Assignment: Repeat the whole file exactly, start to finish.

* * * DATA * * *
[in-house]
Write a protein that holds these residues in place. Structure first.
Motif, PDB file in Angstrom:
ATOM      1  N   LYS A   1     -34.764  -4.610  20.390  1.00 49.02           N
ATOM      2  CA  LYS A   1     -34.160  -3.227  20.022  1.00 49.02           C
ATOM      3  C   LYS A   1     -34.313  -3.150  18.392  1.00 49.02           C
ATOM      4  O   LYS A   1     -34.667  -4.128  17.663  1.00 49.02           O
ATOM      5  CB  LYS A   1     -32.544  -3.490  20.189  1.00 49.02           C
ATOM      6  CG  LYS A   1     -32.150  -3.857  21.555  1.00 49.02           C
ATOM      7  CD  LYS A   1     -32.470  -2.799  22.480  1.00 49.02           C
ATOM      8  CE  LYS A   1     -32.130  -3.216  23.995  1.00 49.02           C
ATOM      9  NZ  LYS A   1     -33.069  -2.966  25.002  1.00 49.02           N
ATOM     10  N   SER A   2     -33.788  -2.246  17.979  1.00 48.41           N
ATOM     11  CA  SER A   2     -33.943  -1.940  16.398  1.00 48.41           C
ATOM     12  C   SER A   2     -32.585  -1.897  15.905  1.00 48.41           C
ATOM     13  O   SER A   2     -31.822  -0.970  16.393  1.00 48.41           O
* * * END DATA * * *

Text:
[in-house]
Write a protein that holds these residues in place. Structure first.
Motif, PDB file in Angstrom:
ATOM      1  N   LYS A   1     -34.764  -4.610  20.390  1.00 49.02           N
ATOM      2  CA  LYS A   1     -34.160  -3.227  20.022  1.00 49.02           C
ATOM      3  C   LYS A   1     -34.313  -3.150  18.392  1.00 49.02           C
ATOM      4  O   LYS A   1     -34.667  -4.128  17.663  1.00 49.02           O
ATOM      5  CB  LYS A   1     -32.544  -3.490  20.189  1.00 49.02           C
ATOM      6  CG  LYS A   1     -32.150  -3.857  21.555  1.00 49.02           C
ATOM      7  CD  LYS A   1     -32.470  -2.799  22.480  1.00 49.02           C
ATOM      8  CE  LYS A   1     -32.130  -3.216  23.995  1.00 49.02           C
ATOM      9  NZ  LYS A   1     -33.069  -2.966  25.002  1.00 49.02           N
ATOM     10  N   SER A   2     -33.788  -2.246  17.979  1.00 48.41           N
ATOM     11  CA  SER A   2     -33.943  -1.940  16.398  1.00 48.41           C
ATOM     12  C   SER A   2     -32.585  -1.897  15.905  1.00 48.41           C
ATOM     13  O   SER A   2     -31.822  -0.970  16.393  1.00 48.41           O